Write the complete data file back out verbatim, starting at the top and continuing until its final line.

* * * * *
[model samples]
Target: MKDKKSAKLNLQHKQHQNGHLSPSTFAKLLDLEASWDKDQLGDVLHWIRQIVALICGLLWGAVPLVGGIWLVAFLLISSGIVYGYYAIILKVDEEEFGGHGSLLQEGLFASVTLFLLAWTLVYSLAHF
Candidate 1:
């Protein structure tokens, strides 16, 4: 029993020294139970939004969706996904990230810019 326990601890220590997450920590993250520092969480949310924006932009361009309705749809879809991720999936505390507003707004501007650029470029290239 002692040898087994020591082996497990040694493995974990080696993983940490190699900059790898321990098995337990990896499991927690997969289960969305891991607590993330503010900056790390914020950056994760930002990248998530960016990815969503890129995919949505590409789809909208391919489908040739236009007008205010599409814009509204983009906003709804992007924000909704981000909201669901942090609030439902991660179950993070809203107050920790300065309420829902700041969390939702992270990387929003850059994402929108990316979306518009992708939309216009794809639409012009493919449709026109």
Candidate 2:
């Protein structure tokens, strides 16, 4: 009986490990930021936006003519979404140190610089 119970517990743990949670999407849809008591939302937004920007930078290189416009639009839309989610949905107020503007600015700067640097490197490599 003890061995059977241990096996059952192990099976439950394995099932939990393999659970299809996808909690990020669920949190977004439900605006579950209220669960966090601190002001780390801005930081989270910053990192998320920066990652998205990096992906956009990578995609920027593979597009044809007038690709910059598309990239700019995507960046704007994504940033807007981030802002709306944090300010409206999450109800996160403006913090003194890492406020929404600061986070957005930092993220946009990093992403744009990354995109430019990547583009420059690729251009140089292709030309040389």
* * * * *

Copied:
[model samples]
Target: MKDKKSAKLNLQHKQHQNGHLSPSTFAKLLDLEASWDKDQLGDVLHWIRQIVALICGLLWGAVPLVGGIWLVAFLLISSGIVYGYYAIILKVDEEEFGGHGSLLQEGLFASVTLFLLAWTLVYSLAHF
Candidate 1:
């Protein structure tokens, strides 16, 4: 029993020294139970939004969706996904990230810019 326990601890220590997450920590993250520092969480949310924006932009361009309705749809879809991720999936505390507003707004501007650029470029290239 002692040898087994020591082996497990040694493995974990080696993983940490190699900059790898321990098995337990990896499991927690997969289960969305891991607590993330503010900056790390914020950056994760930002990248998530960016990815969503890129995919949505590409789809909208391919489908040739236009007008205010599409814009509204983009906003709804992007924000909704981000909201669901942090609030439902991660179950993070809203107050920790300065309420829902700041969390939702992270990387929003850059994402929108990316979306518009992708939309216009794809639409012009493919449709026109």
Candidate 2:
């Protein structure tokens, strides 16, 4: 009986490990930021936006003519979404140190610089 119970517990743990949670999407849809008591939302937004920007930078290189416009639009839309989610949905107020503007600015700067640097490197490599 003890061995059977241990096996059952192990099976439950394995099932939990393999659970299809996808909690990020669920949190977004439900605006579950209220669960966090601190002001780390801005930081989270910053990192998320920066990652998205990096992906956009990578995609920027593979597009044809007038690709910059598309990239700019995507960046704007994504940033807007981030802002709306944090300010409206999450109800996160403006913090003194890492406020929404600061986070957005930092993220946009990093992403744009990354995109430019990547583009420059690729251009140089292709030309040389």